4) Bait Guns. While I have my doubts about how unwinding all the the NCIS and ATFE 4473 mess for all guns on a national scale but lets just say that happened with some degree of effectiveness. In any case unless they are literally going block by block, door to door searching homes the folks knocking at the door probably know you have some guns. It would probably be a hard sell to convince them you do not have a single firearm. At a minimum that would likely garner unwanted attention. Since you want them to leave, not get deeper into your life, that is bad.

Awhile back Maine Prepper had the excellent point not to try giving them a broken rusty BB Gun and saying it is your only gun. A more realistic option might be a handgun as well as a shotgun / .22/ rifle. The first advantage of this plan would be you have these guns in the home prior to this hypothetical confiscation. A rifle to go hunting, a pistol and shotgun to defend your castle, whatever. If these are basic guns they can be very functional but had purchased at modest costs; particularly if you can buy them when opportunities arise. An old .38 and a Mosin Nagant or pump shotgun could be had for under $500. Aside from the benefit of having more quality guns now you can show them what they expected (which is to find some guns) getting them out of your hair. The second benefit would be that you are meeting their expectations which will get them out your door faster.

As to the rest of your guns? If folks are just doing a door to door search they came and found (or you handed over, whatever) your bait guns then I'd keep my mouth shut. Talking as little as possible around Cops is not a bad idea anyway. On the other hand maybe somehow they unwound all or part of the NCIS/ 4473 mess. At this point they are asking about the Glock 19 SN 12345 I purchased on 9 June 2008 at Shooters in Columbus GA. This rather unlikely scenario is one of the biggest reasons to buy paperless guns.

Well in most of the US private sales are currently legal with no requirements for documentation or going through an FFL. A plausible lie that would be very difficult to disprove might be the order of the day. I sold a bunch of guns a few years back: when I was getting stationed in Germany, was out of work for a few months, needed money when the Mrs got pregnant, had to fund a move from Ohio to Kansas, realized I hadn't hunted in years, swapped it for auto repair on a car that's since been sold etc or something else plausible like it fell out of the boat on a fighting trip, was stolen and you mindlessly forgot to report it, lost it in a poker game or whatever. The point would be to choose something that would be plausible and generally matches with some known facts from your life, yet would be just about impossible to disprove. I like events years in the past that occurred in other areas. Sure if the proverbial federal 'eye of mordor' shifted onto me they could try to track down an older shade tree mechanic from Kansas circa 2009 but in a mass confiscation scenario that would not get run down. I suppose this would be easiest for somebody who hasn't bought a papered gun in years that has also made a big move or two. If you've always lived in the same town and bought an AR-15 last summer it might be a bit harder to be convincing and vague at the same time.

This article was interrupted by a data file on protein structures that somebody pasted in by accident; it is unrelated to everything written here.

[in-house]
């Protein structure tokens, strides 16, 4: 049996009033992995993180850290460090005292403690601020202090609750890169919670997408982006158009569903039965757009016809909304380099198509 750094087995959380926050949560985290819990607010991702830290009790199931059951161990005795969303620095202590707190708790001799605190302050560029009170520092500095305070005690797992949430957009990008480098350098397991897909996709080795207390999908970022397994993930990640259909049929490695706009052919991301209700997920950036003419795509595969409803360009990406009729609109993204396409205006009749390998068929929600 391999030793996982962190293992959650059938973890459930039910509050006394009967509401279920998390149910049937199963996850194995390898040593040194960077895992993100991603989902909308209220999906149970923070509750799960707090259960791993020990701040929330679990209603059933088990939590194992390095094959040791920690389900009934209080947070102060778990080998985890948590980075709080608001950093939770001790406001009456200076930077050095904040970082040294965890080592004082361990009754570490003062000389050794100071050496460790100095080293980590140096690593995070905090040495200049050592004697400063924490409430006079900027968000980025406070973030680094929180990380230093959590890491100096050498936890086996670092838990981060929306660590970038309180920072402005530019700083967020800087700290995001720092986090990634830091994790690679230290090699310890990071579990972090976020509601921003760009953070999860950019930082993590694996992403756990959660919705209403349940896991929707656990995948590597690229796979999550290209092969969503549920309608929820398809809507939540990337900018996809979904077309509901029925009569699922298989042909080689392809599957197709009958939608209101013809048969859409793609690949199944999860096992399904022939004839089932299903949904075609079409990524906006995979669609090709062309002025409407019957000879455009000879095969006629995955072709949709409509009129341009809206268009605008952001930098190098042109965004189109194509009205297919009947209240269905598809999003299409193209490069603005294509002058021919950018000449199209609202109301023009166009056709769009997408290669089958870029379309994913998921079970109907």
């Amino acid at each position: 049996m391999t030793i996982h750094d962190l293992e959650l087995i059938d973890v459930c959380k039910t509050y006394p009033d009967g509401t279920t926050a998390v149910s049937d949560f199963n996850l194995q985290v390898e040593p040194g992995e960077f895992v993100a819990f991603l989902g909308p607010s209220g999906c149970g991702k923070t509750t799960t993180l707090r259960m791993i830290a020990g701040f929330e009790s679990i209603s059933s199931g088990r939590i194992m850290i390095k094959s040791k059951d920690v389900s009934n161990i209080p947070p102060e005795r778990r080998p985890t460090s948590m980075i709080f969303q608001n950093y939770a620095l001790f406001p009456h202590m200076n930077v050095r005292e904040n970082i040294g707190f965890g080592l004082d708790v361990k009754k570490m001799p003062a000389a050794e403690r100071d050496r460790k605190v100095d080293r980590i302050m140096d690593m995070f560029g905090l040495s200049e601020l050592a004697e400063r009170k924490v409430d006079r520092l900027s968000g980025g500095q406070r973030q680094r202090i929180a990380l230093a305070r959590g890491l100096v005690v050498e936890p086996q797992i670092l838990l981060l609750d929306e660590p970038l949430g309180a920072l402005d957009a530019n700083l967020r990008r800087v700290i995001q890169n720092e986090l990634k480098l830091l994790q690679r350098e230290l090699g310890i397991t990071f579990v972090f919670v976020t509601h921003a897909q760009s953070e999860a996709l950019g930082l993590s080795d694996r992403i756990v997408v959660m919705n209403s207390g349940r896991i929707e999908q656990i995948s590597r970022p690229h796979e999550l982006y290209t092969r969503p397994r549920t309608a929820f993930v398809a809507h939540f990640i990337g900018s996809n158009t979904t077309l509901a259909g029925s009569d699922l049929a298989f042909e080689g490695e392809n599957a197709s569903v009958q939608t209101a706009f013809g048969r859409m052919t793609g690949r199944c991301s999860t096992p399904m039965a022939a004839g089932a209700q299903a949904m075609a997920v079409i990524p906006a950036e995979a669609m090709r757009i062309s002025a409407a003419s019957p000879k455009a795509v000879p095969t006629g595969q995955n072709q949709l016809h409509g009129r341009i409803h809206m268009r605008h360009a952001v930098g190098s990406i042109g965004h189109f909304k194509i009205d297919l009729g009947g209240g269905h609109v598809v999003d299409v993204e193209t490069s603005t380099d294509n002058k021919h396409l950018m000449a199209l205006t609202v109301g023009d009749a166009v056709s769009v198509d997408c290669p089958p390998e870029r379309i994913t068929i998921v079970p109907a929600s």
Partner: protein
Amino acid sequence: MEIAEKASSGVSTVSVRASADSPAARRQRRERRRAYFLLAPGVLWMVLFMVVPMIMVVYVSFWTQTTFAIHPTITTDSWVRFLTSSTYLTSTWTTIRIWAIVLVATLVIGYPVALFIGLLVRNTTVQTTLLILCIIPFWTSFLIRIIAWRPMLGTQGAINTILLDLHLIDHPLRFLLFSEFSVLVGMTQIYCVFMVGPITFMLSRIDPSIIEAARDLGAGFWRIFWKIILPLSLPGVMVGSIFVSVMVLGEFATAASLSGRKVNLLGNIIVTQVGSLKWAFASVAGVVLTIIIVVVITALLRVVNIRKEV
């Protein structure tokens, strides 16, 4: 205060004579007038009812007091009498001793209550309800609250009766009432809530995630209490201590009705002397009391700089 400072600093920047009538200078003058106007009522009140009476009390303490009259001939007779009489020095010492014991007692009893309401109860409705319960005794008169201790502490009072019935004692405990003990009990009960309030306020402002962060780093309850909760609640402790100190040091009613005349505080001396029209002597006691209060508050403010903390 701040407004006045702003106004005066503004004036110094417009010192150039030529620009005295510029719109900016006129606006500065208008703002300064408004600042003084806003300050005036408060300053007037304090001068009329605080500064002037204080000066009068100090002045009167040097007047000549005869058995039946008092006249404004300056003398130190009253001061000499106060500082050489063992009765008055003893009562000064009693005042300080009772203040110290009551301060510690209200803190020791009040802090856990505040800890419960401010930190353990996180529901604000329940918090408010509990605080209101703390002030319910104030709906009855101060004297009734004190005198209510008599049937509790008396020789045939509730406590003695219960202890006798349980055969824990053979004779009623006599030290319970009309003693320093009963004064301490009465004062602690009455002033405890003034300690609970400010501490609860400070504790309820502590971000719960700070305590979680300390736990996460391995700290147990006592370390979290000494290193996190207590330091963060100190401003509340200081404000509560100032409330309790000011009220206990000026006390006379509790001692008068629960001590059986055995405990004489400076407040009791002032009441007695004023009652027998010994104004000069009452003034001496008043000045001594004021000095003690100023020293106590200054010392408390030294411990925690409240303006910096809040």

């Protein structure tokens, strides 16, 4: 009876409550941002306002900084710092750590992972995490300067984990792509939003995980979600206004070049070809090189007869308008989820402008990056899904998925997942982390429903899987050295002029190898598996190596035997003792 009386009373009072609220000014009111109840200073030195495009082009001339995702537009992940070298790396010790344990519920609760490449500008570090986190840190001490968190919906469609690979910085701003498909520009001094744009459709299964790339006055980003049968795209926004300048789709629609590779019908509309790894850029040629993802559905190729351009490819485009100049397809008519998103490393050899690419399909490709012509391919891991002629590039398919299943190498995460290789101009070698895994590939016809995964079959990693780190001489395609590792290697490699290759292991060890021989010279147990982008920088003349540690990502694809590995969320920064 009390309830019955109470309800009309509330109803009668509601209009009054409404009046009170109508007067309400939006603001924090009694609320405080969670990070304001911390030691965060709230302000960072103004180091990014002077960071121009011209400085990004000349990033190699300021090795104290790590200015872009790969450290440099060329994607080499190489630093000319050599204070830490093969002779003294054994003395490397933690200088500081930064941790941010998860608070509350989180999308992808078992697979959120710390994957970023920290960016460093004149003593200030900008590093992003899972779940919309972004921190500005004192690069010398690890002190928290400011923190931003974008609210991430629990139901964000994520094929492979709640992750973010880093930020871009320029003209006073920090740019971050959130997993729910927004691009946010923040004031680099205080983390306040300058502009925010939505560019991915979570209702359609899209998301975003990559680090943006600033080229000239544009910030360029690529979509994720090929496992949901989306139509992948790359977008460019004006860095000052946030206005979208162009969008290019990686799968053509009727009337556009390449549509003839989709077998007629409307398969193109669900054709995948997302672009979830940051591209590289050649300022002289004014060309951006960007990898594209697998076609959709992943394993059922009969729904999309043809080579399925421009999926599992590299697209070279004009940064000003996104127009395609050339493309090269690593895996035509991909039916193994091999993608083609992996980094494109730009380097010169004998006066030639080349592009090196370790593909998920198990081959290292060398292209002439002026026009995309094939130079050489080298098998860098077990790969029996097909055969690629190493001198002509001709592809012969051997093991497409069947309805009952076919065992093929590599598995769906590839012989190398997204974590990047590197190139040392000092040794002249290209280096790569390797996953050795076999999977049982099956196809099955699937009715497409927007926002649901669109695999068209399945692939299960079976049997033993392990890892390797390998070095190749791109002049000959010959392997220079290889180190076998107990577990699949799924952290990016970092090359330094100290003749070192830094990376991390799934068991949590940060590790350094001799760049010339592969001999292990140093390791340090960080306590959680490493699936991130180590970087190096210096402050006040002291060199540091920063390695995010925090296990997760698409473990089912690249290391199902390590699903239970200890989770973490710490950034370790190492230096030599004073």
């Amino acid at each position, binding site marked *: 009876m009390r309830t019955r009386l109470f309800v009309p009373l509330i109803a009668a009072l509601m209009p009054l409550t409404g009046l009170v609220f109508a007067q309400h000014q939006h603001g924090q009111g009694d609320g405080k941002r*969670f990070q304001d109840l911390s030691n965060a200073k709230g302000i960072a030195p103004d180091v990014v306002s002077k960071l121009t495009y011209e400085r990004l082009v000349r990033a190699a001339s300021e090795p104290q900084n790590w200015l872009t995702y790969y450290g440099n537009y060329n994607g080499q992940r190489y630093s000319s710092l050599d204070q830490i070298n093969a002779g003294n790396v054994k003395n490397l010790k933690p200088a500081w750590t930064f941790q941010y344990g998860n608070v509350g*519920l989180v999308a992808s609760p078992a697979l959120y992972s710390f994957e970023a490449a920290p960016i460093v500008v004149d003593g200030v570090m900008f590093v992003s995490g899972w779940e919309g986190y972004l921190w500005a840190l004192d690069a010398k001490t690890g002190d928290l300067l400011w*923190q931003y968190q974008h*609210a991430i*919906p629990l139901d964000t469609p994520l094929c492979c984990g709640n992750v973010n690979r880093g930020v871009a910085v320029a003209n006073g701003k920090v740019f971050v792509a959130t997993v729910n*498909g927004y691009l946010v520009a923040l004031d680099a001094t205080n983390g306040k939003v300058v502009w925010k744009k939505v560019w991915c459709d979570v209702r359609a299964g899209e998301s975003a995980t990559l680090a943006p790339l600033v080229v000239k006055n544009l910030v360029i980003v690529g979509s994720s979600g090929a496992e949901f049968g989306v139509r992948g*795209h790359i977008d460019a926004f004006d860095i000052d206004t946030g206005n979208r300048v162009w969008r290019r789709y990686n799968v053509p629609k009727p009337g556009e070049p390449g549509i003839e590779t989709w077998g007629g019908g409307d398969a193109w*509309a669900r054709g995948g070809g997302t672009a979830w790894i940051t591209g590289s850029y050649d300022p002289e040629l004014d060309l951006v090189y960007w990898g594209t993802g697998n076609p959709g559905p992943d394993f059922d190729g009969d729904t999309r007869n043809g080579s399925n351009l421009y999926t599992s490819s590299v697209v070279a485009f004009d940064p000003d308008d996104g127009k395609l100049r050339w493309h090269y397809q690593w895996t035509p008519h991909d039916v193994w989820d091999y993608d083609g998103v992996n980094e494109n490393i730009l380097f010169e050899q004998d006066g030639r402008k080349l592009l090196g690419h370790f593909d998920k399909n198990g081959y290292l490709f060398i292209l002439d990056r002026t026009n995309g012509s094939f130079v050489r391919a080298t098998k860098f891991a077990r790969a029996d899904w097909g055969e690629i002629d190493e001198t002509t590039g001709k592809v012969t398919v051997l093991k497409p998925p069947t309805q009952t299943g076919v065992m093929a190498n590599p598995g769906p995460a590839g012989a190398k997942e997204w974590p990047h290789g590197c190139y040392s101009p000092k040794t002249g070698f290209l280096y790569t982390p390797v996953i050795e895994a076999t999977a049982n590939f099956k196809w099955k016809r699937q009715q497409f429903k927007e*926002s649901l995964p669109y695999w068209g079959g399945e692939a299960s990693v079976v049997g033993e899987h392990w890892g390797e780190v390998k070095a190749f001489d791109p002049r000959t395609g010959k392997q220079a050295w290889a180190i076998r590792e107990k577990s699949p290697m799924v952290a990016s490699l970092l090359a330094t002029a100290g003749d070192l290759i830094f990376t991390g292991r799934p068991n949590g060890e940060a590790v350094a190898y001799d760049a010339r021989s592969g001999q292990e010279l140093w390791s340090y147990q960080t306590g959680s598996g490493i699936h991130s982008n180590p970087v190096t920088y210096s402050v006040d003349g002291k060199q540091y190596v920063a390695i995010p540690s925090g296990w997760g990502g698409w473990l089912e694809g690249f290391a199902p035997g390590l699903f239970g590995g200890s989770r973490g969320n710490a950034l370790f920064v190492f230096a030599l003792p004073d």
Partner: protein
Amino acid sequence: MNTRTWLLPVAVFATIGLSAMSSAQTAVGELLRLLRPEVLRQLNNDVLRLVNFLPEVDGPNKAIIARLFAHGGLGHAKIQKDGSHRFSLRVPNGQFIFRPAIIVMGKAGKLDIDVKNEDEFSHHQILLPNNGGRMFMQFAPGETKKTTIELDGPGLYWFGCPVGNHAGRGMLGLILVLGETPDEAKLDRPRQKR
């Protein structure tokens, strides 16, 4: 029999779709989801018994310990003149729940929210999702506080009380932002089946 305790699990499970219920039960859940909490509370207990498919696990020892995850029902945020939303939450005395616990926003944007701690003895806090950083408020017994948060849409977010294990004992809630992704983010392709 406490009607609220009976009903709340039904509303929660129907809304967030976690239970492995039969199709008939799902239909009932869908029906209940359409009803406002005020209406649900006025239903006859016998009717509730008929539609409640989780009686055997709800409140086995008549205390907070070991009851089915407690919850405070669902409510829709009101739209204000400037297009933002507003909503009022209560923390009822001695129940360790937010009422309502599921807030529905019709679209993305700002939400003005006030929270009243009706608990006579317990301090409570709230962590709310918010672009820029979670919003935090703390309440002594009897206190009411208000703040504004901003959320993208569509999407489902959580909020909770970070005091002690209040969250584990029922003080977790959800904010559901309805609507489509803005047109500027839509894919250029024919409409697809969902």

It is also worth noting that you would want to rid the home of ammunition, accessories, etc for guns you are hypothetically claiming are no longer in your possession.  I expect a mag or box of ammo in the back of a closet could be explained away. However huge stacks of ammo cans and dozens of AR-15 magazines  and Glock 17 magazines for the guns you claim to have sold/ whatever would be a hard sell.

So anyway those are my thoughts on that. As always your input is welcome.

Wednesday, June 27, 2012

Random Thoughts # Whatever

To rehash a valid topic. It is very difficult to substantially change your current spending patterns unless there is some sort of event forcing you to do so. Most folks like what they spend their money on. [Or if you are married at least one partner does; you might think it is fine to ditch the wife's pet cable tv and hobbies and she might think you could cut back on beer and smokes and preps but I digress] It really sucks to stop doing things you like to do and adjust your lifestyle downward so most folks won't do it if they have a choice, heck a lot of folks won't do it if they really don't have a choice.
The thing is that it is much easier to make intentional choices about new money because you are not used to having it. Money that has not been part of your operating budget, be it additional income or a windfall, is a great opportunity to make good choices. We have hit on this before talking about becoming debt free. The short rehashing is that I got promoted and started making significantly (for us anyway) more money. If memory serves me correctly we put about 85% of this new money toward becoming debt free. Between this and what we were paying before we were making adiditional payment of about 200% a month. We did this for right around a year and got it paid off, instead of making minimum payments for two extra years.